This particular problem is a bit too applied for my taste, but it’s always nice to see mathematicians in the news:
For decades, math and computer science have played a profound role in the drawing of legislative districts. And it’s hard to argue that they’ve improved the process. As the amount of information and computing power available to the gerrymanderers has ballooned, they have gotten much better at surgically crafting districts to their precise desires.
So, with a reapportionment of House seats coming up in just over two years, after the next decennial census, mathematicians are now plotting their revenge. After 2010, most states will redraw their congressional districts to account for population shift, sometimes adding or subtracting seats. It’s tough to find many defenders of the status quo, in which a supermajority of House seats are noncompetitive. (Congressional Quarterly ranked 324 of the 435 seats as “safe” for one party or the other in 2008.) The mathematicians–and social scientists and lawyers–who gathered to discuss the subject Thursday are certain there’s a better way to do it. They just haven’t quite figured out what it is.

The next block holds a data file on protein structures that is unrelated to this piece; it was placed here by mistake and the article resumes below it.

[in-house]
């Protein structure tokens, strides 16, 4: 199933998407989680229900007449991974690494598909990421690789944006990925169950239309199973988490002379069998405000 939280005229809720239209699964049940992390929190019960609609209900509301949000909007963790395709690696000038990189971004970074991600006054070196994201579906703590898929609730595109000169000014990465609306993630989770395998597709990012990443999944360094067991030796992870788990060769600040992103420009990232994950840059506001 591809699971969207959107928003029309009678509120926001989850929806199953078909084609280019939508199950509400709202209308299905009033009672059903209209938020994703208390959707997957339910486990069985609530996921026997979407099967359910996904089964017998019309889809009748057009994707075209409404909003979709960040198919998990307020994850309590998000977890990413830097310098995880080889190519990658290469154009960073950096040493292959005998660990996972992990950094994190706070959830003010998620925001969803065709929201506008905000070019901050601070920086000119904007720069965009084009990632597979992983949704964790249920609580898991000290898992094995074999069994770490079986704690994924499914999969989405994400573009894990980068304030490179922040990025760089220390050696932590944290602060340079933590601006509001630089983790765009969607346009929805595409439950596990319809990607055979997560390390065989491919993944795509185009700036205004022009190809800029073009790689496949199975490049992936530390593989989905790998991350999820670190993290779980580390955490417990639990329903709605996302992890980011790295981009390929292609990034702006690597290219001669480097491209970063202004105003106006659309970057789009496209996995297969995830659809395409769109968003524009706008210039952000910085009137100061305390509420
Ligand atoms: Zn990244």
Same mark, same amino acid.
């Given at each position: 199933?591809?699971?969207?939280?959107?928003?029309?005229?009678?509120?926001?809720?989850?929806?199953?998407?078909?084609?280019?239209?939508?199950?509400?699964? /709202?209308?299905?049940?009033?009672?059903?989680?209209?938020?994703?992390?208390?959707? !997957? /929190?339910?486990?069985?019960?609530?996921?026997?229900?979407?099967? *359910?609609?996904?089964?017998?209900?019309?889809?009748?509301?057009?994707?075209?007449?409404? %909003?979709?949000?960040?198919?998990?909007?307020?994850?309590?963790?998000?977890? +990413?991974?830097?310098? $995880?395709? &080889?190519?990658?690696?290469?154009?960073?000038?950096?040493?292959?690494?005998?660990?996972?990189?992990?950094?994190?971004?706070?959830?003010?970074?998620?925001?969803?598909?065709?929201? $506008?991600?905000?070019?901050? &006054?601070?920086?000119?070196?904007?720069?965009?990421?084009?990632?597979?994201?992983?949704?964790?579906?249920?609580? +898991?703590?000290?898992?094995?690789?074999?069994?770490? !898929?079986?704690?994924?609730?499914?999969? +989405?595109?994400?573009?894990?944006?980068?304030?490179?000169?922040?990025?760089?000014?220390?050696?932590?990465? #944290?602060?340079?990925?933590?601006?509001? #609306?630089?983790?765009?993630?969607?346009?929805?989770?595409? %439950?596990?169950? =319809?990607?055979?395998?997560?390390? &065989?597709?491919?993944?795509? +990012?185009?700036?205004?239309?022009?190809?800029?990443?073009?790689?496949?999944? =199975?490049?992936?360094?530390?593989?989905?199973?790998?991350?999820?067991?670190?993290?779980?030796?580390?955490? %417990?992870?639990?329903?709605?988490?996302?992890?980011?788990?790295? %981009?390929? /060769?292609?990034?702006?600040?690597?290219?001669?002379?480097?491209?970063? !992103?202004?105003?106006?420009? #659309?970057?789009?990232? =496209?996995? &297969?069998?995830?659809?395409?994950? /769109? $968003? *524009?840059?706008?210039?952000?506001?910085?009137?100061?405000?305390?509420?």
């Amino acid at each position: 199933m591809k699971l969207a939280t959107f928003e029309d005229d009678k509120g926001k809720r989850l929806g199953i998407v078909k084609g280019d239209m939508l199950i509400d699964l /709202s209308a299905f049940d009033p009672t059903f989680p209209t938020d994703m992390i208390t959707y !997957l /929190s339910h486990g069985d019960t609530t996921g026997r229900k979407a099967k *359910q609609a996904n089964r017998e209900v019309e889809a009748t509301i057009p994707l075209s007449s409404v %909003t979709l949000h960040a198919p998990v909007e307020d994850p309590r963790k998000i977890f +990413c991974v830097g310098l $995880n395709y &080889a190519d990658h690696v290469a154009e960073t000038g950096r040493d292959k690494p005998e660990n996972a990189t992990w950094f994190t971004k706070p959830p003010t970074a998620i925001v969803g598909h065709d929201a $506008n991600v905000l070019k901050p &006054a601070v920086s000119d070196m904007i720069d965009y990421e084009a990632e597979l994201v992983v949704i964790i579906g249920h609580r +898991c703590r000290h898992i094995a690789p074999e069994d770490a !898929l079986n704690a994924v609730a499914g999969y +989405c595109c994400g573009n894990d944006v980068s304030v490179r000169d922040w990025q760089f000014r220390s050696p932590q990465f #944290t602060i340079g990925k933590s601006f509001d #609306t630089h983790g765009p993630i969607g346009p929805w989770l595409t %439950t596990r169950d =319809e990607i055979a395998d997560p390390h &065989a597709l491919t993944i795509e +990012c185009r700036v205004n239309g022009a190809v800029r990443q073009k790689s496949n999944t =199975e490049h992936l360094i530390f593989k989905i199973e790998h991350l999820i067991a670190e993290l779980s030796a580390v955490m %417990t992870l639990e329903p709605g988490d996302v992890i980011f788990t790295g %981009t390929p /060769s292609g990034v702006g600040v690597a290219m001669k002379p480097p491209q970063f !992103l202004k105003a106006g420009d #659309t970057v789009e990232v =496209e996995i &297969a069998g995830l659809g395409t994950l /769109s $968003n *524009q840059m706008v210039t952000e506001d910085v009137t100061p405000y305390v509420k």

And a little math humor is always appreciated:
“The idea is that circles are the best shape for districts,” said George Washington University’s Daniel Ullman, talking about one school of thought. “Unfortunately, they don’t tessellate well.” This was apparently a joke, because the room burst out laughing. For the rest of the afternoon, the word tessellate never failed to produce giggles.